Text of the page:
the working class

"The less cooking you know how to do, the more competent you feel. It's only when you know how to cook that it worries you when it foes wrong, because when you don't know, you don't know it's gone wrong. The more experienced I got the more I worried."
--Margaret Powell, Below Stairs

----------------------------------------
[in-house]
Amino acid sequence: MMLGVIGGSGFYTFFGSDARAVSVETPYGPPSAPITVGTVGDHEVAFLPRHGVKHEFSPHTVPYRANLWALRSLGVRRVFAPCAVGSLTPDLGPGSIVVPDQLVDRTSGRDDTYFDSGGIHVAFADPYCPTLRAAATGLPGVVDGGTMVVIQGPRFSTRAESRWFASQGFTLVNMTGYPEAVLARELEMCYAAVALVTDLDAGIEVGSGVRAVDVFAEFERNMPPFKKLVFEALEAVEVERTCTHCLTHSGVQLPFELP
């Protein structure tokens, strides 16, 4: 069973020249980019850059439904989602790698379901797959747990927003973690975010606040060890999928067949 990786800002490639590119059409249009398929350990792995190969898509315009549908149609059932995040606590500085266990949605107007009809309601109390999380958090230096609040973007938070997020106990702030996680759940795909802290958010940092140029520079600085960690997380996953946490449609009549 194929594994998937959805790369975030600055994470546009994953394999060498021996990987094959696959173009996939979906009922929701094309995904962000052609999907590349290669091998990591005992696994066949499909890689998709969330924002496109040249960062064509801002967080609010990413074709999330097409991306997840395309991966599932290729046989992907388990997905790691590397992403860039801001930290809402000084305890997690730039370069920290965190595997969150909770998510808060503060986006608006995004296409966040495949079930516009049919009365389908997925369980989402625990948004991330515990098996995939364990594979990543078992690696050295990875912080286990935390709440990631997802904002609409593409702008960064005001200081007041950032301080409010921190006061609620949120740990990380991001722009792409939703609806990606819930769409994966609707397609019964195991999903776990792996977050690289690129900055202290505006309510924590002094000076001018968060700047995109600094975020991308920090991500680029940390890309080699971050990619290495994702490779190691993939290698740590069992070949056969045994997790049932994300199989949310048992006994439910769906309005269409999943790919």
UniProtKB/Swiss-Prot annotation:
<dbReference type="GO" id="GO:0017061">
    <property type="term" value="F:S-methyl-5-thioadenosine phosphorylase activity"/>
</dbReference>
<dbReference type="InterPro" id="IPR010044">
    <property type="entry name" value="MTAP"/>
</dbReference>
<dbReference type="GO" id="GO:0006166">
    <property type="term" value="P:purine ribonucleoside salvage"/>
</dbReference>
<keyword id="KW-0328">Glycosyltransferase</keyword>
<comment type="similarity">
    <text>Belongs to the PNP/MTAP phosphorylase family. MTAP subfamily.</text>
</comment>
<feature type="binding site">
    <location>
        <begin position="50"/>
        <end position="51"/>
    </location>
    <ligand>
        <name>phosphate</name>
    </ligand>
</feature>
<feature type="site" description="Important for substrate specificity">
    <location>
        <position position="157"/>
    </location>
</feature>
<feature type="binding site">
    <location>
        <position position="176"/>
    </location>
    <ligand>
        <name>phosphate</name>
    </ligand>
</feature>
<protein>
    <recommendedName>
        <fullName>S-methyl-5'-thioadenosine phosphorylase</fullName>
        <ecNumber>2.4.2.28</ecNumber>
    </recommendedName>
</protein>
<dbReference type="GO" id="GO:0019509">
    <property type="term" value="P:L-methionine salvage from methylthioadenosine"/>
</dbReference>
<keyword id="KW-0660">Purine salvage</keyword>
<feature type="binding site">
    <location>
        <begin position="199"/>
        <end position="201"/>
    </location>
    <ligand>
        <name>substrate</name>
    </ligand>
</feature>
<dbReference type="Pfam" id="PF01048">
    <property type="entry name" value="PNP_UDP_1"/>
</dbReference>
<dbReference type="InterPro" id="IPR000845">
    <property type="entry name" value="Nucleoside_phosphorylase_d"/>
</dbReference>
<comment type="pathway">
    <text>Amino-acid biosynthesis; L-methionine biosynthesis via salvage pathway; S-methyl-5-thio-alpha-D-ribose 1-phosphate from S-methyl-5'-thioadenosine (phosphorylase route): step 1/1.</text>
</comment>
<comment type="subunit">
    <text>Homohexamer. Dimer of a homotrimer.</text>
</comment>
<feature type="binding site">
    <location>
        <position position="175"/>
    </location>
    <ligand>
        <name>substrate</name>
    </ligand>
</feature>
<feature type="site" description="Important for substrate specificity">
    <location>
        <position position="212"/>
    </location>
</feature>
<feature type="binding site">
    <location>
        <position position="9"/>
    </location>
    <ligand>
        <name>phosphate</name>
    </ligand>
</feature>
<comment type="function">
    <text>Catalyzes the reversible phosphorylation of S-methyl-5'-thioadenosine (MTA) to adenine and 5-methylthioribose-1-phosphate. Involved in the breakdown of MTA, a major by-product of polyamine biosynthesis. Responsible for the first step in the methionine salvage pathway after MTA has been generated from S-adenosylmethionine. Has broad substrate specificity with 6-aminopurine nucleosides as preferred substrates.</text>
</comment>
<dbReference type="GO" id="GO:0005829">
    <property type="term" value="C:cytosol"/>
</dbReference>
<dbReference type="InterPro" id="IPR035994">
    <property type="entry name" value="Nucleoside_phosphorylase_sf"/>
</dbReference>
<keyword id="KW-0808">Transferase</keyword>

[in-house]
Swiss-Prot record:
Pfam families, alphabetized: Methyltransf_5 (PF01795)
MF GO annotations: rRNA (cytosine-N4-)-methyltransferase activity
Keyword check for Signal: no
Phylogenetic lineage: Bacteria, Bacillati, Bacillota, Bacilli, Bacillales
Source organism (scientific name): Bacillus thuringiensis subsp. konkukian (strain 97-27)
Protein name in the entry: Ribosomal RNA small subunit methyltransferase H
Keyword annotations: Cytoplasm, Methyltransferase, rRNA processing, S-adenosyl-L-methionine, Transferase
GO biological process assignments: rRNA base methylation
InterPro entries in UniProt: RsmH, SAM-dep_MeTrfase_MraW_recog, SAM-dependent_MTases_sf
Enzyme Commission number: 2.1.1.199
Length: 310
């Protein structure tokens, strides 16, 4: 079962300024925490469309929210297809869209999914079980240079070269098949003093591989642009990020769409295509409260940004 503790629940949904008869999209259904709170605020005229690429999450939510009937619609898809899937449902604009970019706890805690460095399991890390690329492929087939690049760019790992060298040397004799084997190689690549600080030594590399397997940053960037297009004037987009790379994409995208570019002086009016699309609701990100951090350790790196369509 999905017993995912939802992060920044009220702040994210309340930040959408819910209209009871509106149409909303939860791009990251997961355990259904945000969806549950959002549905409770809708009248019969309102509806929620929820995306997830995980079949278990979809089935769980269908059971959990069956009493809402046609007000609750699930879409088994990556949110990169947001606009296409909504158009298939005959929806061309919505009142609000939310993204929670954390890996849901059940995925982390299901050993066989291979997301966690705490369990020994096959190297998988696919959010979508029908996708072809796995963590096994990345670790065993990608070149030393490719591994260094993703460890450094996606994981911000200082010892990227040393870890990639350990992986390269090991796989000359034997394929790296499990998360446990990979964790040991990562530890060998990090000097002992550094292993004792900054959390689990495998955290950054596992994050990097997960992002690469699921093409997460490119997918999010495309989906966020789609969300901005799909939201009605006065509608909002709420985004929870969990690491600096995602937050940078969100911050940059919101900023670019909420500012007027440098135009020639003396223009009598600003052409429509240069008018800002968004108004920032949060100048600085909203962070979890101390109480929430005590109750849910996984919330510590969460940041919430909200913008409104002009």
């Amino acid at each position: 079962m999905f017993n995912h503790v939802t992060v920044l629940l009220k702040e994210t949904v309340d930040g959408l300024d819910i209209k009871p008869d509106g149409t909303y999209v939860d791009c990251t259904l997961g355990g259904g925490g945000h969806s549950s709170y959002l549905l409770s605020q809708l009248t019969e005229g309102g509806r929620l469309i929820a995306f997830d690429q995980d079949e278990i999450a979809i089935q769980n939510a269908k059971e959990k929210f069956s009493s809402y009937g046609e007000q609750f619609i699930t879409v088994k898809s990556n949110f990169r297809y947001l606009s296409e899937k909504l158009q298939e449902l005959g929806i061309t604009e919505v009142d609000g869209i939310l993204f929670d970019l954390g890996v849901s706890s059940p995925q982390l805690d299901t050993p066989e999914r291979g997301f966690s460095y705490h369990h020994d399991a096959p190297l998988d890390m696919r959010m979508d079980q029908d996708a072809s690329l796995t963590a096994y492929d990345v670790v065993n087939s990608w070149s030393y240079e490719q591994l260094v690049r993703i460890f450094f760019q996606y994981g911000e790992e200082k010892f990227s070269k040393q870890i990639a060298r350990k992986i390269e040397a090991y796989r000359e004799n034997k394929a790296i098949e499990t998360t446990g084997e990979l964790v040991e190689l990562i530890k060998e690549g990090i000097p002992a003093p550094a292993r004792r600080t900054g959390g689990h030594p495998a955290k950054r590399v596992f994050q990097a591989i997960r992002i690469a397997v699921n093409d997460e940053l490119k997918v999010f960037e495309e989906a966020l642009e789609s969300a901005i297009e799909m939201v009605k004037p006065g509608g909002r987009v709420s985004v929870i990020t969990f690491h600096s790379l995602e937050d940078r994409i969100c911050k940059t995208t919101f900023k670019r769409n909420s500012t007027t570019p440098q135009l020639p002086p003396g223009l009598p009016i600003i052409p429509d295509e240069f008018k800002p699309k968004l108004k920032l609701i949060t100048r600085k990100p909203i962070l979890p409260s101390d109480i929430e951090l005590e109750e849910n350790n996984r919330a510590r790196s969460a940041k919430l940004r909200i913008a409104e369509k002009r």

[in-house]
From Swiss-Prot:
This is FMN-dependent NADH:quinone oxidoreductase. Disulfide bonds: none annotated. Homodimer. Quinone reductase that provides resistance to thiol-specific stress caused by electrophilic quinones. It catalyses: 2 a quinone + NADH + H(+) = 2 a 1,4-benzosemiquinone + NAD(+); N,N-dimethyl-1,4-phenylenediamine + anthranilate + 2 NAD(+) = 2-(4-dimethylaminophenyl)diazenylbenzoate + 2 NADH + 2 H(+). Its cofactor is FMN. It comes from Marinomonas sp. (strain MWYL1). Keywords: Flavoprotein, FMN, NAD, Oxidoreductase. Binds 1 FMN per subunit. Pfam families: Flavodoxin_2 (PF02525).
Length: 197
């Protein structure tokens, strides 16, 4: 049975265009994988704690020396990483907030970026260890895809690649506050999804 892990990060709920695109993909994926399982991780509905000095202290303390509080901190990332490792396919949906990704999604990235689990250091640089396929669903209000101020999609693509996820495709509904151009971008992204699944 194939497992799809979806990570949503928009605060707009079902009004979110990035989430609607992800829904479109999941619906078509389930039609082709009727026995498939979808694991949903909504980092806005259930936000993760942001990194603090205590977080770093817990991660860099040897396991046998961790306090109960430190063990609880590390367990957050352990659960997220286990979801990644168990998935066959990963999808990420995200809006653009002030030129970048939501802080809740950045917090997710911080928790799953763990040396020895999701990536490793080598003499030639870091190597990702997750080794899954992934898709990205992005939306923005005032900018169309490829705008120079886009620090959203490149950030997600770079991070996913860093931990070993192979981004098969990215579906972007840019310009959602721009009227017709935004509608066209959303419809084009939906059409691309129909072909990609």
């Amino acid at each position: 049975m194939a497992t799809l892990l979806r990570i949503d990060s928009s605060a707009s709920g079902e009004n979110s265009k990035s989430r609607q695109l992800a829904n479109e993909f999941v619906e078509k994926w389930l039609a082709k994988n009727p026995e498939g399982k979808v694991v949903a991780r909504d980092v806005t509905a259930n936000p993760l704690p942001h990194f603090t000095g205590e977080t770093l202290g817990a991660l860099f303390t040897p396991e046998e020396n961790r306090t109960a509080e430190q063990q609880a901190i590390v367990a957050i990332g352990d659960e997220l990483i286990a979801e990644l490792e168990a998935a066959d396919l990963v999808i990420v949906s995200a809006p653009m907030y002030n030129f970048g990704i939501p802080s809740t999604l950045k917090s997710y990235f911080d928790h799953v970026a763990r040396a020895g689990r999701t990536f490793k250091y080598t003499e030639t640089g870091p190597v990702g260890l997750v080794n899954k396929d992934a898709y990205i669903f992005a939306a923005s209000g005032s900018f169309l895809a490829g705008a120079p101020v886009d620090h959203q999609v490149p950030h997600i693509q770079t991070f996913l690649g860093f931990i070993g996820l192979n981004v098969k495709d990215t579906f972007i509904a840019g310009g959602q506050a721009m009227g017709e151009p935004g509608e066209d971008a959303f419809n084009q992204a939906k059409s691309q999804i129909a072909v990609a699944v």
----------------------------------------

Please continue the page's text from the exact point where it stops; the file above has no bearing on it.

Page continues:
I recently read Powell's, Below Stairs--inspired to do so by my love of Downtown Abbey--a look at a British house servants life circa the 1920s. The writing wasn't the best, but considering that Powell came from a poor family, worked as a servant, and later worked hard to educate herself, you don't mind that bit so much. The story is made up of anecdotes about her time working as a housemaid, and later cook. Overall a fast read that offers some insight into that way of life. I enjoyed the read, especially enjoyed hearing about her attempts to become a cook; the above quote resounded with my own experience of learning to cook en masse (when I worked as a cook at the Farm a million years ago).

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